The primary objective of this ongoing program is to provide intensive basic and translational science training for individuals who will become outstanding vision researchers. Training is provided in the disciplines of immunology, cell biology, molecular biology, physiology, pharmacology, genetics, developmental biology, neuroscience and biochemistry, with an emphasis on understanding the fundamental mechanisms that underlie normal ocular processes, as well as corneal, retinal and choroidal diseases, cataract, glaucoma and visual processing. The program has a multidisciplinary approach, with emphasis on collaboration between basic scientists and the various clinical disciplines and it provides the facilities and supervision for laboratory investigations relative to some of the major missions of the National Eye Institute. The program directors oversee the selection of trainees and the provision of appropriate background, technical training and ongoing research supervision by the preceptors. The trainees include: (1) Predoctoral students from the Emory University Graduate School Division of Biological and Biomedical Sciences in the Programs of Biochemistry, Cell, and Developmental Biology, Neuroscience, Nutrition and Health Science, Immunology and Molecular Pathogenesis, and Molecular and Systems Pharmacology;(2) Postdoctoral Fellows seeking advanced training with one (or more) of the preceptors in a scientific area pertinent to vision research. Each trainee selects or is assigned a preceptor with whom he or she develops a research proposal, conducts the research and participates in the ongoing research projects of the preceptor. All trainees are required to participate in the seminar, course work, grand rounds and other educational activities of the Emory Eye Center, which is the focal point for eye research and clinical care in the region. Thus, the program also serves to integrate the clinical and basic science departments. In addition, the program successfully attracts minority trainees to careers in eye research, drawing on the outstanding resources of Atlanta academic and medical institutions.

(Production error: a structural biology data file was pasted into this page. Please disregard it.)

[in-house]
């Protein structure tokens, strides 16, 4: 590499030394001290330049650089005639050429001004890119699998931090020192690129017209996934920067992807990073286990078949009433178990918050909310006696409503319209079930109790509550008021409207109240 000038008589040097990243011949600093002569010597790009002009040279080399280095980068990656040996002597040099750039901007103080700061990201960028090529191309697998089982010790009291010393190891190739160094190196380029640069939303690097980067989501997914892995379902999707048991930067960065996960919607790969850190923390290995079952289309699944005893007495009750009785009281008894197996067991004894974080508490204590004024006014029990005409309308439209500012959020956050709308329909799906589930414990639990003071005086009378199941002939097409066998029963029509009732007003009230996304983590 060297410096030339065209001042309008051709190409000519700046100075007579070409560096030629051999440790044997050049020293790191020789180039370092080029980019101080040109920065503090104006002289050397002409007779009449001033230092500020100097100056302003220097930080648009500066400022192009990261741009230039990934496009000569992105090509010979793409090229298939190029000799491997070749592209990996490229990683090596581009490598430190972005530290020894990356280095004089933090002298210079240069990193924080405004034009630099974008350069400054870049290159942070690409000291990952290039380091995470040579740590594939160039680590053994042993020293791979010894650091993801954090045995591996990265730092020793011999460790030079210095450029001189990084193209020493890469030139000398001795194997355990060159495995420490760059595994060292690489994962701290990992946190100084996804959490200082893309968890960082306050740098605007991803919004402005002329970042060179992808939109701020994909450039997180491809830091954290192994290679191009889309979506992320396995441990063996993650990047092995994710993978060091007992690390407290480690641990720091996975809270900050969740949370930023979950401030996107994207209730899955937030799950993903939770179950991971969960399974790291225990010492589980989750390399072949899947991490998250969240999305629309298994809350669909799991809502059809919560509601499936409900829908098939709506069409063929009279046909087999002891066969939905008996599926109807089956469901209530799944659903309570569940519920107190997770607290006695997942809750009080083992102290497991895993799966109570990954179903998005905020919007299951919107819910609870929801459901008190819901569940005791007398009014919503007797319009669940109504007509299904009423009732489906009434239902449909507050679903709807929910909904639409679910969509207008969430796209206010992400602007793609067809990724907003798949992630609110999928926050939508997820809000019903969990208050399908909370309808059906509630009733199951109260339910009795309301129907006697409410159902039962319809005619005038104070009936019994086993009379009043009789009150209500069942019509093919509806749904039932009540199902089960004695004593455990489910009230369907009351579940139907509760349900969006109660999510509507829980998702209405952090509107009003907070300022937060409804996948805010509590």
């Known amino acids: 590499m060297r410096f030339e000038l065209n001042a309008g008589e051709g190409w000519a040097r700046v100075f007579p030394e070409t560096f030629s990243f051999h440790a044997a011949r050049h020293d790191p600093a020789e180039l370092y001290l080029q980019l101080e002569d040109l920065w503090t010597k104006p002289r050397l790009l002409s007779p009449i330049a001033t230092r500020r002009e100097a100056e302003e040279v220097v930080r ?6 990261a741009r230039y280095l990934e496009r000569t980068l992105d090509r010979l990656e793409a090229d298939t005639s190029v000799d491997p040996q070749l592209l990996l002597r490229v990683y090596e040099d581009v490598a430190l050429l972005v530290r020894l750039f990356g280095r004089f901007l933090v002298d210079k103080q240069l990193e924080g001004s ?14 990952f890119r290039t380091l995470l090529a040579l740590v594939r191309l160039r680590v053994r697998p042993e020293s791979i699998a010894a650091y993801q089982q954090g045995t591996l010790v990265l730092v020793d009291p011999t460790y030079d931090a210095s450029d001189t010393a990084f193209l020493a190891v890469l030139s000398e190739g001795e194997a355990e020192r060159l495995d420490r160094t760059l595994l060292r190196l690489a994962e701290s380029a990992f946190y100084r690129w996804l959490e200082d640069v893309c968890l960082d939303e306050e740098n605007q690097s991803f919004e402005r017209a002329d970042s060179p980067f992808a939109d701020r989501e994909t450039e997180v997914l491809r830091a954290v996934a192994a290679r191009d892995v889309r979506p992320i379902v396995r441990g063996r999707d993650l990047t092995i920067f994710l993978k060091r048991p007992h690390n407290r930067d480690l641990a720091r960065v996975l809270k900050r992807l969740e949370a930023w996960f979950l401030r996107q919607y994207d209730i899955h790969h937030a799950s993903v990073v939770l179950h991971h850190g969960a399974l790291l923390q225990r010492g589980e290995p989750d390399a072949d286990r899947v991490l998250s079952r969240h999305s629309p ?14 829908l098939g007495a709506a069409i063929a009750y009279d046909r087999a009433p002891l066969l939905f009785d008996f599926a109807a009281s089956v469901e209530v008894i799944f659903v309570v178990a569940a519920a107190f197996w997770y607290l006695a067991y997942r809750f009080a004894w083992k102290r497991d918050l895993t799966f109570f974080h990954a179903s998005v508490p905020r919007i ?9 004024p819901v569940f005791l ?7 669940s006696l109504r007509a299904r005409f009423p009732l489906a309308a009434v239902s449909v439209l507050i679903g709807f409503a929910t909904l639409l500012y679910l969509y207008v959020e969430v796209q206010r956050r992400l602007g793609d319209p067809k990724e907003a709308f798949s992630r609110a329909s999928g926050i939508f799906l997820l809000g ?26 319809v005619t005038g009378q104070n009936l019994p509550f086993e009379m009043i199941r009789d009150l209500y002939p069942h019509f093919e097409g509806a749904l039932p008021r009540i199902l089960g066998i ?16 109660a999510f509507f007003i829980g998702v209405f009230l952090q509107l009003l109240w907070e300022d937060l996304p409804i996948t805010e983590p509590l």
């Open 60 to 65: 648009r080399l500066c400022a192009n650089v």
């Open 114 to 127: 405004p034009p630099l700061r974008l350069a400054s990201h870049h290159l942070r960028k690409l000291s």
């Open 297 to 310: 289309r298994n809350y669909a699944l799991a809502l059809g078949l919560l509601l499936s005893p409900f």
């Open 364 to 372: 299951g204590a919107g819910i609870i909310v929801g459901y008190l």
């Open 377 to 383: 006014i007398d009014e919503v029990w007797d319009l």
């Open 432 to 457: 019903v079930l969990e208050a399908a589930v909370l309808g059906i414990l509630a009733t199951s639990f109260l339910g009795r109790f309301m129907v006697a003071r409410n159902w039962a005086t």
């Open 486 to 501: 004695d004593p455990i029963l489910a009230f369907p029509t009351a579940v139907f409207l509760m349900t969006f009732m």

The future of curing blinding eye disease relies on a continued supply of well-trained vision scientists goal is to produce the next generation of scientists who are well versed in the basic, clinical, and translational research approaches that will be needed to fulfill the mission of the National Eye Institute.
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